Covering the plant with a sheet or tarp that extends to the ground can help trap the warmth of the soil. When doing so, you’ll want to use stakes or another structure around the tree to prevent direct contact with the leaves. Once the threat of frost has passed, you should remove the covering as soon as possible.
7. Remove invasive plants
Certain fast-growing invasive plants like ivy, Japanese honeysuckle, and wisteria, can damage trees by trapping moisture around the root collar or preventing leaves from receiving adequate sunlight.
You can remove these plants by cutting the stems near the base, rather than pulling them from the bark, which can cause further harm.
8. Trim appropriately
Perhaps the most important (and aesthetically pleasing) aspect of tree maintenance is routine trimming and pruning. I’ve seen many pruning jobs gone wrong, however.
Pruning helps to remove dead or diseased branches and thin the structure to allow light and wind to pass. It also ensures clearance for nearby structures, driveways, or utility lines.
According to Jones Road Tree Service, less than 25% of green foliage should be removed at one time and even less (perhaps only 10%) for mature trees. The amount of pruning required will depend on a risk assessment as well as the customer’s objectives.
Keep scrolling for the before and after photos!
9. Remove dead trees
If a tree creates an obstruction, presents a hazard, or crowds out other plants or structures, sometimes removal is the only viable option. Once you assess your tree risk and determine that removal is needed, it’s time to call a specialist.
A good tree removal company will cut or grind the stump and provide for the disposal of logs and brush.
How to Choose the Right Specialist
I chose to work with Jones Road Tree Service as my preferred tree service in Houston because they have an ISA-certified arborist on staff and carry the necessary liability insurance. The company also offered fair and competitive prices compared to other businesses in our area.
The trees around our home pre-existed the neighborhood, so I wanted to protect what nature gave us. While these oaks provided good shade, you’ll notice they also completely obstructed the view of the home before pruning.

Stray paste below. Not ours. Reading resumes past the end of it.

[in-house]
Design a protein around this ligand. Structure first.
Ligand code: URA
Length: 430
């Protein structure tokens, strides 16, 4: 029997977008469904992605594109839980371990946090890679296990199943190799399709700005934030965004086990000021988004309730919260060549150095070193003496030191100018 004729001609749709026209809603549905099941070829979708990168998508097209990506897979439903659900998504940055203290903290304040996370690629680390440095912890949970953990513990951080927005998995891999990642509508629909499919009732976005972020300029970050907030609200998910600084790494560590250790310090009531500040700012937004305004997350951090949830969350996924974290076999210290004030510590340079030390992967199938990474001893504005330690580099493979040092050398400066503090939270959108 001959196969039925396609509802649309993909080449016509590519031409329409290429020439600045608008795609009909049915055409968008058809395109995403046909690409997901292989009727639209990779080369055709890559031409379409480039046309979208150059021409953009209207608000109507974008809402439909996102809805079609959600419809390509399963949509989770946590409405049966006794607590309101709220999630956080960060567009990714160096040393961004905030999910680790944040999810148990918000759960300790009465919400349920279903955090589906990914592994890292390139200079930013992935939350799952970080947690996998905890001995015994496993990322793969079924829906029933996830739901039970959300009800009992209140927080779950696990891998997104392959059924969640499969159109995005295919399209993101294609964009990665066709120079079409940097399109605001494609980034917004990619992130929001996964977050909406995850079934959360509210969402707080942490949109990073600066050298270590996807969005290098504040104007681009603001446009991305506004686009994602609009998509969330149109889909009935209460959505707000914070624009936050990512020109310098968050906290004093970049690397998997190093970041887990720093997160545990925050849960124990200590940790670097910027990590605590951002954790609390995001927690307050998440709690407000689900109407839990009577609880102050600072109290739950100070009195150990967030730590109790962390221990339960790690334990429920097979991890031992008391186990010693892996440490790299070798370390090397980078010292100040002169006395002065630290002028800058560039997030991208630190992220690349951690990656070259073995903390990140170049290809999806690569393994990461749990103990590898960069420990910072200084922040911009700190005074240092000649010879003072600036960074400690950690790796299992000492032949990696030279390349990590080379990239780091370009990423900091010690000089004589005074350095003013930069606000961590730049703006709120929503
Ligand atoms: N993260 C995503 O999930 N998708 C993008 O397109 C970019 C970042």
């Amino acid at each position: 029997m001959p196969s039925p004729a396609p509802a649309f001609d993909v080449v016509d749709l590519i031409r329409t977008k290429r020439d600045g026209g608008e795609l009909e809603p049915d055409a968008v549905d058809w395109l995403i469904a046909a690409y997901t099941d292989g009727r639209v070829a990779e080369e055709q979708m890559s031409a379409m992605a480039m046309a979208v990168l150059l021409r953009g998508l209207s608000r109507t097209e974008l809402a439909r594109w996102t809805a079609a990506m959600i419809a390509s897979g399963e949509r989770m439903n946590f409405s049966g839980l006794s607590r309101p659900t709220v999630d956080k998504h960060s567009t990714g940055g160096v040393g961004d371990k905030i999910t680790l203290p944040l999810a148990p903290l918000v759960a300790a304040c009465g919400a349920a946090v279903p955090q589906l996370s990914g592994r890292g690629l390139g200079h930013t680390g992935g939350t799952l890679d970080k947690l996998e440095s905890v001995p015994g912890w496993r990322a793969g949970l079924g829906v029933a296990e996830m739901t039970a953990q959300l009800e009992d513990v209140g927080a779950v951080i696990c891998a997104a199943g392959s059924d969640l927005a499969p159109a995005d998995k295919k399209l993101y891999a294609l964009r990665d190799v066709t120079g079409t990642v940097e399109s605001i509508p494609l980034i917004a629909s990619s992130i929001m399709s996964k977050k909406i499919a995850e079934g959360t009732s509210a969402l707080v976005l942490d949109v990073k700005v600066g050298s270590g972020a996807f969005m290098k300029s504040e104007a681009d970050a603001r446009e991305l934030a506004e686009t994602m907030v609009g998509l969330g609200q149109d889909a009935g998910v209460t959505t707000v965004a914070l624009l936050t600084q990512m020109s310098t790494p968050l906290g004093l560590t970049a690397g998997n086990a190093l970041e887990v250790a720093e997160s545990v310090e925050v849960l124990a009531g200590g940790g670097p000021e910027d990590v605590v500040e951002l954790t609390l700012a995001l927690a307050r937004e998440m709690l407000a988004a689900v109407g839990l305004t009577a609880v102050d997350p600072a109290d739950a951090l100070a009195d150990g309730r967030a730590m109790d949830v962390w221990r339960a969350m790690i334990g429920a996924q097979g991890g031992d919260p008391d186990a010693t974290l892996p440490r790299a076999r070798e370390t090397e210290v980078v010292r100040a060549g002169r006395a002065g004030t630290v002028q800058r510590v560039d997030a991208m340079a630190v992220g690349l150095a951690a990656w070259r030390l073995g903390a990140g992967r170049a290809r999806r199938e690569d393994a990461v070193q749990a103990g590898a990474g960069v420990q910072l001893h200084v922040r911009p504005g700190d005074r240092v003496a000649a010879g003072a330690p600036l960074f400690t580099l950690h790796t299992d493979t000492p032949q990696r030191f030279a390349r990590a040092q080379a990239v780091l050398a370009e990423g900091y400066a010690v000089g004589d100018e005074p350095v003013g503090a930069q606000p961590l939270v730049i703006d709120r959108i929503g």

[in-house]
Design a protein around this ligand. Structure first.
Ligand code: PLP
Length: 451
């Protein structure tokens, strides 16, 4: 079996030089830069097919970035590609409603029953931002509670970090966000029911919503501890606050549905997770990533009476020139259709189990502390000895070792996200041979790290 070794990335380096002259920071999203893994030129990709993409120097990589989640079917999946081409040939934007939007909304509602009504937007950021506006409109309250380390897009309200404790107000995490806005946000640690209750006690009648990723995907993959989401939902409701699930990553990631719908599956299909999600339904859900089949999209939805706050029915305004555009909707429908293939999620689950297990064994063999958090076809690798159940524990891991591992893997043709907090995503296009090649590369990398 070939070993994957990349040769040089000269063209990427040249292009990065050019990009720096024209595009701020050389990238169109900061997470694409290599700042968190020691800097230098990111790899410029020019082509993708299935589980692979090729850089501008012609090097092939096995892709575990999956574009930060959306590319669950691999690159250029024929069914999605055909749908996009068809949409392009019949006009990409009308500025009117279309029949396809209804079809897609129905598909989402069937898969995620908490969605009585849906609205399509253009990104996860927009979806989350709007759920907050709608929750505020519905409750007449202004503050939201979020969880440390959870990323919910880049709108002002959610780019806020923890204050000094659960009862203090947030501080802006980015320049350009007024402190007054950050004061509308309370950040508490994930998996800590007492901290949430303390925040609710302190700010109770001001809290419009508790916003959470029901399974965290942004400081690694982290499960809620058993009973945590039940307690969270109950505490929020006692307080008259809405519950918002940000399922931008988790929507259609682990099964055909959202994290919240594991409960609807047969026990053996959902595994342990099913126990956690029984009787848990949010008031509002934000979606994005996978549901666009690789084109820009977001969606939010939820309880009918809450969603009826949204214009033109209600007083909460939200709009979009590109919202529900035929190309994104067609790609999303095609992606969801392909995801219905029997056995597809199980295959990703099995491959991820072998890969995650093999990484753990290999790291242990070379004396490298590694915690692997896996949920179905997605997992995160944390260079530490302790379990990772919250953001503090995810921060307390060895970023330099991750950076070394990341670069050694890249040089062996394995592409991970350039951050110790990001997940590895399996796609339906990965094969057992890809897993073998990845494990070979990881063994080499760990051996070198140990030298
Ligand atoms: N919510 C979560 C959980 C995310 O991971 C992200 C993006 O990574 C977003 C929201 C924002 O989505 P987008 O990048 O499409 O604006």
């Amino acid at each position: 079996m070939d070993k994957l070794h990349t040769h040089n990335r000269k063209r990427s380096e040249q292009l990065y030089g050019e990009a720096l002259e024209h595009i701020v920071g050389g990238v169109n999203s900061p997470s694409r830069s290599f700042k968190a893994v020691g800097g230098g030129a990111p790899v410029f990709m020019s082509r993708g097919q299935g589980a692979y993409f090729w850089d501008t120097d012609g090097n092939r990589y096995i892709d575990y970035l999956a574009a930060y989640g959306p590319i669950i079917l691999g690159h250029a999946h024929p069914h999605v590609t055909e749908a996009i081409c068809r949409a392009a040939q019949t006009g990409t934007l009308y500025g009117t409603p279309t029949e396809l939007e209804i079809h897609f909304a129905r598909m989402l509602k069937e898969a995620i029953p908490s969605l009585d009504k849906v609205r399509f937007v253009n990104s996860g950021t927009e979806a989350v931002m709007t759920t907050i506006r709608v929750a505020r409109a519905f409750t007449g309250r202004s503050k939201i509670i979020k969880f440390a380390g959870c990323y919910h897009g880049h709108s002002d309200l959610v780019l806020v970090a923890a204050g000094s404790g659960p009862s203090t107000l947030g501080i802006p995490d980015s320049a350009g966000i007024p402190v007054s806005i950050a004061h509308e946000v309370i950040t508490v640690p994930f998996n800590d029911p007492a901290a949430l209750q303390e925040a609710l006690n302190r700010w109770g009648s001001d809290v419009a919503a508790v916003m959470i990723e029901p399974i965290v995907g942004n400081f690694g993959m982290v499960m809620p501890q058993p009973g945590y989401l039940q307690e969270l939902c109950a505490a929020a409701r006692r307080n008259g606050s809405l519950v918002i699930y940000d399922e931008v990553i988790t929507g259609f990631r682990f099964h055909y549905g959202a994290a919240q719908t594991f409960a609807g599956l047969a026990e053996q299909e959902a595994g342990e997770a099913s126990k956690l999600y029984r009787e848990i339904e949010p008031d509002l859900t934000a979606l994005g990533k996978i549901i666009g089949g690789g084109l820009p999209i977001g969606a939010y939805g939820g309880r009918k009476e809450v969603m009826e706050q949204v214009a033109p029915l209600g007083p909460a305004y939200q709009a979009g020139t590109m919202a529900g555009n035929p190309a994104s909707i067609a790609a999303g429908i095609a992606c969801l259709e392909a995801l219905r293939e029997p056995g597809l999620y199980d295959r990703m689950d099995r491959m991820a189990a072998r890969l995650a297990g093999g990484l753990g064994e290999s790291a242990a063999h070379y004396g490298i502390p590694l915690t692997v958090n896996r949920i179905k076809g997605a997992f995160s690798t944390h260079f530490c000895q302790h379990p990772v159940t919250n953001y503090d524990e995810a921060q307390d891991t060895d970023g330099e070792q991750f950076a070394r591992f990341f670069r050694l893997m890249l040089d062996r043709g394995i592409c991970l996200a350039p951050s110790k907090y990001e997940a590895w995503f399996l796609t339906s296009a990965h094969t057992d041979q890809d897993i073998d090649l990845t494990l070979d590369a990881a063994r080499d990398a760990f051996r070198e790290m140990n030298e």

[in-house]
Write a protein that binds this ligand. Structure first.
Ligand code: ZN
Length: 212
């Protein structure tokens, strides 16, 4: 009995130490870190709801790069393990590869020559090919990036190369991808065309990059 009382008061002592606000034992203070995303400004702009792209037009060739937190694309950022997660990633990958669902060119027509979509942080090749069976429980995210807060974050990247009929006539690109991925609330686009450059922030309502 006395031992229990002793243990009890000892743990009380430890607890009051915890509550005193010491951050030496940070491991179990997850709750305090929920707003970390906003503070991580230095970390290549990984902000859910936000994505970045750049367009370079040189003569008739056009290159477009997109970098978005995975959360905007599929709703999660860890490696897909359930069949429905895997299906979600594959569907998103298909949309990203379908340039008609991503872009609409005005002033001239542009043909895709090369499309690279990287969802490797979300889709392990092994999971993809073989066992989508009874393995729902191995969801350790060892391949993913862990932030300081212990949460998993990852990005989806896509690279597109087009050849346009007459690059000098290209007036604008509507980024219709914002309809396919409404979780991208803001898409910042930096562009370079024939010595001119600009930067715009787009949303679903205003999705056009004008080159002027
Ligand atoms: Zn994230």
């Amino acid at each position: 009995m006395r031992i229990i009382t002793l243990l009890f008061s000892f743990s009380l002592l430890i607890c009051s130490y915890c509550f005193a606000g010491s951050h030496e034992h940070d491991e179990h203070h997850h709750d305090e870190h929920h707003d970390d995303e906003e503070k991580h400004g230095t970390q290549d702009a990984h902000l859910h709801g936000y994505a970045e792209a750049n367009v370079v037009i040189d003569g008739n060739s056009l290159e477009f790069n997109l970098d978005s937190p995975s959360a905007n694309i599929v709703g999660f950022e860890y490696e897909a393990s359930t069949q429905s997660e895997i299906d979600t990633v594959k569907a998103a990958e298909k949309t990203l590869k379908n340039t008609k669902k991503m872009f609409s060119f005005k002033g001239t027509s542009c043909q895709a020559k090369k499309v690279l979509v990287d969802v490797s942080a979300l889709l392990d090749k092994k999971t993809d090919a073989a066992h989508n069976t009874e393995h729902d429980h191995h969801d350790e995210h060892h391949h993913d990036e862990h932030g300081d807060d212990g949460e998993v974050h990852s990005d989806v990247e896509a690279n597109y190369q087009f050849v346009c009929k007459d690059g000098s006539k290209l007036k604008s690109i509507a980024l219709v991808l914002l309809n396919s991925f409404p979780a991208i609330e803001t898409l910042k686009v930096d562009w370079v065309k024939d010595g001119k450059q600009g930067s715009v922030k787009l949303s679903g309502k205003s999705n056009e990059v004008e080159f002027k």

Many companies trim based solely on appearance. However, an arborist has more extensive knowledge about how much to trim at a time and which parts of the tree to preserve.
Questions to Ask a Tree Service Company
- What is the company’s philosophy on arbor care and maintenance, especially when pruning trees? Beware of companies offering “tree topping” which dramatically reduces a tree’s size by removing major branches and creates hazardous new growth.
- Is there an ISA-certified arborist on staff? The International Society of Arboriculture (ISA) offers credentials that certify an arborist is trained and equipped to provide proper tree care.
- Is the company a member of the Tree Care Industry Association (TCIA) or American Society of Consulting Arborists (ASCA)? TCIA accreditation is one indication that a business has professional standards met by all employees, including proper training and safety measures.
- Does the company carry liability insurance and workers’ compensation insurance? Given the inherent risk involved with tree trimming or removal, having proper insurance is critical.
- Does the company offer a written contract detailing the scope, cost, and timing of the work? Always get a detailed quote in writing.
Just remember, you should never feel rushed into selecting a tree care company, and you should never pay for services in advance.
For additional information, you can see these tips on hiring an arborist from the TCIA industry association.
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I hope these tree care tips will help you maintain a beautiful landscape this year. If you have any additional questions, feel free to leave a comment below!